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3 things we learned from Wales v. Denmark

Pro Soccer Talk share their EURO 2020 frontrunners, including an England team with massive homefield advantages at Wembley.

An inspired Denmark beat Wales 4-0 in Amsterdam to reach the quarterfinals of EURO 2020, as the Danish dream continues.

[ MORE: EURO 2020 hub ]

Kasper Dolberg, who started in place of the unavailable Yussuf Poulsen, scored in each half and Joakim Maehle and Martin Braithwaite scored late on as Denmark dominated Wales.

That win sets up a quarterfinal clash against either the Netherlands or Czech Republic in Baku, Azerbaijan, next Saturday.

Wales barely threatened and had substitute Harry Wilson sent off late on to compound their misery.

After everything that Denmark have gone through during EURO 2020 with Christien Eriksen’s cardiac arrest and their dramatic win against Russia to sneak out of their group, neutrals everywhere are pulling for them to cause a shock and win it all.

The way they’re playing right now, maybe, just maybe, a Denmark win wouldn’t be so much of a shock at all.

3 things we learned from Wales - Denmark

1. Inspired Denmark deliver: Aside from the first 10 minutes (more on that below) Denmark were dominant and played as if they knew they were going to win. After the horror situation with Christian Eriksen in their opening group game, to fight back like this and reach the quarterfinals is nothing short of sensational. They played very well against the number one team on the planet, Belgium, and battered Russia to reach the last 16. Against Wales they were composed, clever and ruthless. Given they are on the easier side of the draw, you shouldn’t bet against Denmark making it to the semifinals. At least.

2. Tactical switch, Christensen wins it: Wales were dangerous early on as Gareth Bale flashed a shot wide and there were too many gaps for him, Aaron Ramsey and Kieffer Moore to play in. Then Denmark coach Kasper Hjulmand switched to a back four and pushed Chelsea center back Andreas Christensen into midfield. It worked better than perhaps any in-game tactical switch in recent memory. It totally nullified the threat of Ramsey and Jannik Vestergaard and Simon Kjaer won the battle against an isolated Moore. This tactical switch was the key to Denmark winning.

3. Bale, Ramsey couldn’t do it on their own: Bale and Ramsey showed quality in attack but Wales needed to show more throughout and they simply didn’t turn up. Rob Page’s young side did really well to get to the last 16 (so many youngsters impressed) and many believed they could get past Denmark with Bale and Ramsey working in tandem. That plan hinged on the rest of the team being solid defensively and they were undone thanks to a fine Dolberg strike and then a defensive mishap for the second. There’s no shame in that, and Wales fought hard but just didn’t have enough quality to back-up their superstars.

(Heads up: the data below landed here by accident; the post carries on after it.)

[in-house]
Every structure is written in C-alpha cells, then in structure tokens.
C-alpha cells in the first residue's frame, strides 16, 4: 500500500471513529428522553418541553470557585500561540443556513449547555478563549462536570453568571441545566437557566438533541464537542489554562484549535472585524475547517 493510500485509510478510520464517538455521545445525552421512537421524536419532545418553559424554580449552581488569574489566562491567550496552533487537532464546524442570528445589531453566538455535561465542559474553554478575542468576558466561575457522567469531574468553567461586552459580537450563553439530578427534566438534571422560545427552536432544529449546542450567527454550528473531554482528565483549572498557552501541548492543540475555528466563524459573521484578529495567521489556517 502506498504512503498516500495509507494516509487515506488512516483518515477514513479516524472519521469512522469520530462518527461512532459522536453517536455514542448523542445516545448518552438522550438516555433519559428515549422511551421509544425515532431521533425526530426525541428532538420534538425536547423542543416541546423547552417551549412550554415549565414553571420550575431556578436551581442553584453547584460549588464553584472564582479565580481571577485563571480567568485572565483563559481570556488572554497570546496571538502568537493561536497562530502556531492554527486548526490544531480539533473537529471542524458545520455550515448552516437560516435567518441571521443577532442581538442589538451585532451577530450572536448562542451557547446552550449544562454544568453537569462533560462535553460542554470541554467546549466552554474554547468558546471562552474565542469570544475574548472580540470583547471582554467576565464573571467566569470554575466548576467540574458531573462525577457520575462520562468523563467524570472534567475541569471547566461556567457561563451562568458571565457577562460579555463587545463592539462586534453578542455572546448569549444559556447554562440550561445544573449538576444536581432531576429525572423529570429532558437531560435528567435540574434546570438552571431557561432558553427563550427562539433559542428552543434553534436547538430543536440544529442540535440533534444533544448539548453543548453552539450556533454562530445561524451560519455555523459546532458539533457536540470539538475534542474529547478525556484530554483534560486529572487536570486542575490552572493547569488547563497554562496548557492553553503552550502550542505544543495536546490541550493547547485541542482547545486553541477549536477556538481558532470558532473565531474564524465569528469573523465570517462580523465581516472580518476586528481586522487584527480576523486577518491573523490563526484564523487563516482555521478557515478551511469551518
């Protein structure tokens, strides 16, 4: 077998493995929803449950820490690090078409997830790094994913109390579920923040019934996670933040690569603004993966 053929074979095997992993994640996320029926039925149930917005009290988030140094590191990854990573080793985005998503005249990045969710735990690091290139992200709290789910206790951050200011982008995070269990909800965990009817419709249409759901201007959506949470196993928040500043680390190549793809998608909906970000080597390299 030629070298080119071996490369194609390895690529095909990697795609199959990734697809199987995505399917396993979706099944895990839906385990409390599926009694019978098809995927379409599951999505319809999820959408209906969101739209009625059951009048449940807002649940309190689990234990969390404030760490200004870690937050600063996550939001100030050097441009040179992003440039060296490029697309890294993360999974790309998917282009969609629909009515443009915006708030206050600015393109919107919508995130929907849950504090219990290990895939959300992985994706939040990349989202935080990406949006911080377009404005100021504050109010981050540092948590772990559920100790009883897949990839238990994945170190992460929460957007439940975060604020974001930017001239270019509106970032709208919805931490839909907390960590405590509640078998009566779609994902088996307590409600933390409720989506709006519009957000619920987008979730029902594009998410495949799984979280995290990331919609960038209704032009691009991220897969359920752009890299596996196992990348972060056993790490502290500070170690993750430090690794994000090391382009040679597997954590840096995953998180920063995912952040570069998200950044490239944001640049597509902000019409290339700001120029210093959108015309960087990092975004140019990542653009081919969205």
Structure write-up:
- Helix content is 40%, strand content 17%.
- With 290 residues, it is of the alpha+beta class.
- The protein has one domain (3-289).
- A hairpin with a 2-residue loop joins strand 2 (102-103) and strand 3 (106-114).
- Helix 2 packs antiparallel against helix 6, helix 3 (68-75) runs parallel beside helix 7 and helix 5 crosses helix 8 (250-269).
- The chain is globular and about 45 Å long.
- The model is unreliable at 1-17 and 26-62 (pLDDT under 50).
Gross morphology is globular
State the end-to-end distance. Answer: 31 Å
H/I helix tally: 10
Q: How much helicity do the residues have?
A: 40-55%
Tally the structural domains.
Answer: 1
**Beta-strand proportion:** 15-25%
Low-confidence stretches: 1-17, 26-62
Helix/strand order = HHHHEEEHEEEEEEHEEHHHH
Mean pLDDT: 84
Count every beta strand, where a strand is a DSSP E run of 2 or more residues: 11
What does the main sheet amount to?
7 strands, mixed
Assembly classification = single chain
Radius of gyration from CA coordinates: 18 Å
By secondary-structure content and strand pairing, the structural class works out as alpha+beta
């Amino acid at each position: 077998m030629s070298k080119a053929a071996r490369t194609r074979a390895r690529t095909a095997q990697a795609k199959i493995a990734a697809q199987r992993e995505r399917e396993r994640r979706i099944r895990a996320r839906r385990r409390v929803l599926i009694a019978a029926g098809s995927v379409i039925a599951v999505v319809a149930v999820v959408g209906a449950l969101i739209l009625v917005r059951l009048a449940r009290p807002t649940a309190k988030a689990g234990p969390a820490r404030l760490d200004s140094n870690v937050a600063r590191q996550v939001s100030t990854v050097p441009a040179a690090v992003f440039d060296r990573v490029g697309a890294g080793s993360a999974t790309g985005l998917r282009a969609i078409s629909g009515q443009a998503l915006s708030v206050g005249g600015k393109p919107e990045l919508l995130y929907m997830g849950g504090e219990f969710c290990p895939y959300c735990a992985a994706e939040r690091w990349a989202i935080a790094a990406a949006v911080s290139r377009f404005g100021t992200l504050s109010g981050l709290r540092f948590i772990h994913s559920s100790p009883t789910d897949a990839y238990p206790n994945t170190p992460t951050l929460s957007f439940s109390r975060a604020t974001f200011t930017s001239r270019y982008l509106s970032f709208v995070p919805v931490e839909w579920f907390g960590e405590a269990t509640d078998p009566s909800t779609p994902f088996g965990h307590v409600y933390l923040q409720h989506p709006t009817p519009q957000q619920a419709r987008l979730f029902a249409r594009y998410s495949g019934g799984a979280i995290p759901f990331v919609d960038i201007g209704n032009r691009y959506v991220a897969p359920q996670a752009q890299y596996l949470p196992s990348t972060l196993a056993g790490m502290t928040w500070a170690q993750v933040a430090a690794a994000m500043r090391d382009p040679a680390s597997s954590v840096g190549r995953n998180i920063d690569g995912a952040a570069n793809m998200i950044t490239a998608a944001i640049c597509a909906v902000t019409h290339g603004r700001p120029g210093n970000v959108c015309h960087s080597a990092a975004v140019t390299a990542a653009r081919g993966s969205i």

Man of the Match: Kasper Dolberg - Took his two goals really well as the former Ajax star was given a standing ovation when subbed off. Maehle was superb at left wing-back and Christensen was excellent too. Denmark stood tall.

Wales started well and Gareth Bale flashed an effort just wide as the skipper tried to set the tone.

Moments later Dan James’ cross caused problems but Ramsey and Bale got in the way of each other and Denmark hacked clear.

Denmark improved before half time as they put pressure on Wales with several corner kicks, and then Dolberg delivered a moment of magic.

The former Ajax striker was only in the lineup due to Yussuf Poulsen being unavailable, but he showed his class with a brilliant low shot to put Denmark 1-0 up in Amsterdam.

Denmark almost doubled their lead but Danny Ward denied Dolberg’s flick at the near post, as the Danes were rampant.

Ward also tipped Joakim Maehle’s shot wide as Wales just couldn’t get a grip on the game.

Denmark doubled their lead at the start of the second half as a fine run from Martin Braithwaite saw him cross and substitute Neco Williams cleared it straight to Dolberg who finished.

Even though Wales wanted a free kick for a foul on Moore in the build-up, nothing was given and the goal stood.

Wales could have pulled one back as Williams’ cross looked certain to be headed in by Moore but Bale got in front of his own man and got it all wrong as he nodded wide.

James had a shot blocked by Christensen, who was everywhere, as Wales pushed hard to get back in the game.

In the end Denmark held on with ease as Mathias Jensen hit the post with a curler, the excellent Maehle went close and then Martin Braithwaite hit the post before Mahele scored to put deserved gloss on the scoreline.

Substitute Wilson was sent off to rub further salt into Wales’ wounds and then Braithwaite smashed home to make it 4-0 after a lengthy VAR check.

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